Firefighting and active fire protection with BIM: Indoor navigation
It is often difficult for people in large and complex buildings to determine their own position in the building and to determine the route to their destination in the building. If there is a fire and smoke starts to develop, for example, this will severely restrict visibility and thus cause people even greater difficulties when it comes to orientation and finding their way. Therefore, support is required to aid in determining a person’s location (indoor positioning) and finding the correct route (indoor route calculation). Especially for the fire services, this aspect is particularly important for quickly rescuing people and for also ensuring their own safety as part of preventive fire protection .
The following research on positioning and route calculation as part of the application scenarios "Fire Department Use" and "Maintenance" was carried out as one of the Institute‘s subprojects in the "Arbeitsgemeinschaft RFID (Radio Frequency Identification; spezielle Sensortechnologie) im Bauwesen" (Consortium for RFID (Radio Frequency Identification; special sensor technology) in the construction industry) ( https://rfidimbau.de ). The results and findings presented below were researched over a more than six year funding period in the three projects "RFID building guidance systems" , "RFID-Maintenance-Guiding-System Fire Safety"  and "BIM-based building with RFID"  – funded as part of the research initiative "ZukunftBau" (Future Construction) ( www.forschungsinitiative.de ) by the Federal Ministry for the Environment, Nature Conservation, Building and Nuclear Safety (BMUB) in combination with the Federal Institute for Research on Building, Urban Affairs and Spatial Development (BBSR). Cooperation partners in the individual phases were the Airport Fire Department at Fraport AG, Bureau Veritas Construction Services GmbH, IDENTEC SOLUTIONS AG and innoTec GmbH. Alongside the information provided below, more detailed information can be found in the video about ARGE-RFID ( https://rfidimbau.de/film-zum-forschungsprojekt ).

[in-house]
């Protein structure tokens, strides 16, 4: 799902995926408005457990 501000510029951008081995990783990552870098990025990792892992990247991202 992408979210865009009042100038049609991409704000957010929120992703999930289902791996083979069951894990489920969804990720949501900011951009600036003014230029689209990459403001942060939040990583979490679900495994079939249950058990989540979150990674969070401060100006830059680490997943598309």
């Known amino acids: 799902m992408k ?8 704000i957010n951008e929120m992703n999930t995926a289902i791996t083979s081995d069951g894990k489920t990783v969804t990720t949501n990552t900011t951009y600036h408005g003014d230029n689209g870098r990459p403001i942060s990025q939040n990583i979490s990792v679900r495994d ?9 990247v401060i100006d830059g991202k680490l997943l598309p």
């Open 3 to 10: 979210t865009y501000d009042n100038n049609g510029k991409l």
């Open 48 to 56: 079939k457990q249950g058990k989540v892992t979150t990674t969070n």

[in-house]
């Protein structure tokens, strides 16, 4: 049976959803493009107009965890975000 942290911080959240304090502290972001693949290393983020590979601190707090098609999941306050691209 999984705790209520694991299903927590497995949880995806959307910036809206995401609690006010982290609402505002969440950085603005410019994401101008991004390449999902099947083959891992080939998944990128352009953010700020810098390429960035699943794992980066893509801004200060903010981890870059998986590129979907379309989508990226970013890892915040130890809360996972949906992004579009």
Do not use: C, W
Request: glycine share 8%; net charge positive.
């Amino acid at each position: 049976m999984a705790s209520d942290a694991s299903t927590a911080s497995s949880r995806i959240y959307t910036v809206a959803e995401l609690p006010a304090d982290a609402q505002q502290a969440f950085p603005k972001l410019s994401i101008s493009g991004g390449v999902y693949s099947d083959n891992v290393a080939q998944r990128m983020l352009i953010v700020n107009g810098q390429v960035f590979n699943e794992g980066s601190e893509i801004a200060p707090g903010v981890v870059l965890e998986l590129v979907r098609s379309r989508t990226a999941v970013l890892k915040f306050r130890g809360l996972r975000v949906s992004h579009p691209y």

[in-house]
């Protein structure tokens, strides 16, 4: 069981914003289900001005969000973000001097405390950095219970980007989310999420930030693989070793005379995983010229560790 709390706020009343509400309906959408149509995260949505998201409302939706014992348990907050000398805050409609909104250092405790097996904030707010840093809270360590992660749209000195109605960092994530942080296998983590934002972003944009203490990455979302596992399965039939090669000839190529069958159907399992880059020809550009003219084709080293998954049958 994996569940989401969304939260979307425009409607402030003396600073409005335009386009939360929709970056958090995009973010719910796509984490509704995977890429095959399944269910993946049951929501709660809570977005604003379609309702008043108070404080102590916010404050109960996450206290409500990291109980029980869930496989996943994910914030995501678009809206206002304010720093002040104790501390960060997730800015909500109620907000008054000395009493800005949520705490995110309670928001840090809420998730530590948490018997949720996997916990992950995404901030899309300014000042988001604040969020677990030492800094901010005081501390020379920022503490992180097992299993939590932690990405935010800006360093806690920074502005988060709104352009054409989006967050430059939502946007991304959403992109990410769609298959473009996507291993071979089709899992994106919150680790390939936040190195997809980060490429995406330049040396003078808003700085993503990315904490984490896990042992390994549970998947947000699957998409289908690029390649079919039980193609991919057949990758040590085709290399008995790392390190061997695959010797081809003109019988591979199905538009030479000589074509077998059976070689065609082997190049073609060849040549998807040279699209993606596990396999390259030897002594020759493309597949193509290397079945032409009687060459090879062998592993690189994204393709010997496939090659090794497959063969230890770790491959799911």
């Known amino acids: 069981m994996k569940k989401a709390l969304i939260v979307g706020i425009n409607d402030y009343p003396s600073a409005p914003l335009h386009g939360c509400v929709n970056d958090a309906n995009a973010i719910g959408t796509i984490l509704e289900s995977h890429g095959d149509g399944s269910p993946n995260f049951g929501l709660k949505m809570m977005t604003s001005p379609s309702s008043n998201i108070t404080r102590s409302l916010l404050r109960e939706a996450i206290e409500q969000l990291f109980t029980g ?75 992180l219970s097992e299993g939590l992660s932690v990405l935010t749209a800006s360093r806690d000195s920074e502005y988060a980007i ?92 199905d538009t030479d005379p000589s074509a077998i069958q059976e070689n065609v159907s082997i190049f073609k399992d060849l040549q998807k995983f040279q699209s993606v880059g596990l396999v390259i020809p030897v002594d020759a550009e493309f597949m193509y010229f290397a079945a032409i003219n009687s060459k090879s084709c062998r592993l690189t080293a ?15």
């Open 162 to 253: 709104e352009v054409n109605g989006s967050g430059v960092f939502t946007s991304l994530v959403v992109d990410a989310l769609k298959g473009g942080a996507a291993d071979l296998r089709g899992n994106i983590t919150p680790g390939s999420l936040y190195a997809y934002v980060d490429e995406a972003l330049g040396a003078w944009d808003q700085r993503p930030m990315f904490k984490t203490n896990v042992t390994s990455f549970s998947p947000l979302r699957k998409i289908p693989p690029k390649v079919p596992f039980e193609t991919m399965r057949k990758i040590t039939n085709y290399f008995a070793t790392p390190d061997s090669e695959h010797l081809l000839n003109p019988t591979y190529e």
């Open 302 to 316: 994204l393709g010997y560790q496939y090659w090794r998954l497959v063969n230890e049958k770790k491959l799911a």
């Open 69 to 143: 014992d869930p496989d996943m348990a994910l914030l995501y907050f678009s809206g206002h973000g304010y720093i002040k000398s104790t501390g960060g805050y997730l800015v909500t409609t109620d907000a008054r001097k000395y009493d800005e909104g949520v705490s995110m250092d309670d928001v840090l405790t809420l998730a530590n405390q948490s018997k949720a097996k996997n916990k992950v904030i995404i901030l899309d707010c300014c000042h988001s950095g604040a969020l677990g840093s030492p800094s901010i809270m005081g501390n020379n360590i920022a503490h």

As part of the project for indoor positioning, the new multi-method approach illustrated in figure 4 was developed. Various wireless technologies such as Ultra Wide Band (UWB), WLAN and RFID were used here for positioning and were tested for the applications "Fire Department Use"  and "Maintenance guiding system" . Which positioning system is used in each specific case depends on the individual characteristics of the building (floorplan, materials, building technology, etc.) as well as the desired level of precision.